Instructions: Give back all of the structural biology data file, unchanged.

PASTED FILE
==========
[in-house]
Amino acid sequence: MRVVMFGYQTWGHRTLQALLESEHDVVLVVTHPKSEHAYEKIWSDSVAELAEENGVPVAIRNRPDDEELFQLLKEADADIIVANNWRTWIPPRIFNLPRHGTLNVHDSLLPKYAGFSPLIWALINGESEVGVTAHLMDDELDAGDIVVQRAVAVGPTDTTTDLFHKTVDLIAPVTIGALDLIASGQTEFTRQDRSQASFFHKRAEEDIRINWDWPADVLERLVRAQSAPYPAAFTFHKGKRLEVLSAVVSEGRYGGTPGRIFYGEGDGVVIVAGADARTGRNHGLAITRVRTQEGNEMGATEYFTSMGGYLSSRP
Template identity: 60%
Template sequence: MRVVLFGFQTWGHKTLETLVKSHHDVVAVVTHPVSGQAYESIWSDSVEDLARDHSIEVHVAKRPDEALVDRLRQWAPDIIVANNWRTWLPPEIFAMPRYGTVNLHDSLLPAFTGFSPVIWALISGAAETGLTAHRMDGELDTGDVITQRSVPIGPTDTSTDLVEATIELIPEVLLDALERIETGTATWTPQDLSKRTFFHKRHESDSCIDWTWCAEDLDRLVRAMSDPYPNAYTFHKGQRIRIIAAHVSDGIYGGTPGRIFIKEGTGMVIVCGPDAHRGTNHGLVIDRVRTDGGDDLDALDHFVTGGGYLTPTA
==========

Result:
[in-house]
Amino acid sequence: MRVVMFGYQTWGHRTLQALLESEHDVVLVVTHPKSEHAYEKIWSDSVAELAEENGVPVAIRNRPDDEELFQLLKEADADIIVANNWRTWIPPRIFNLPRHGTLNVHDSLLPKYAGFSPLIWALINGESEVGVTAHLMDDELDAGDIVVQRAVAVGPTDTTTDLFHKTVDLIAPVTIGALDLIASGQTEFTRQDRSQASFFHKRAEEDIRINWDWPADVLERLVRAQSAPYPAAFTFHKGKRLEVLSAVVSEGRYGGTPGRIFYGEGDGVVIVAGADARTGRNHGLAITRVRTQEGNEMGATEYFTSMGGYLSSRP
Template identity: 60%
Template sequence: MRVVLFGFQTWGHKTLETLVKSHHDVVAVVTHPVSGQAYESIWSDSVEDLARDHSIEVHVAKRPDEALVDRLRQWAPDIIVANNWRTWLPPEIFAMPRYGTVNLHDSLLPAFTGFSPVIWALISGAAETGLTAHRMDGELDTGDVITQRSVPIGPTDTSTDLVEATIELIPEVLLDALERIETGTATWTPQDLSKRTFFHKRHESDSCIDWTWCAEDLDRLVRAMSDPYPNAYTFHKGQRIRIIAAHVSDGIYGGTPGRIFIKEGTGMVIVCGPDAHRGTNHGLVIDRVRTDGGDDLDALDHFVTGGGYLTPTA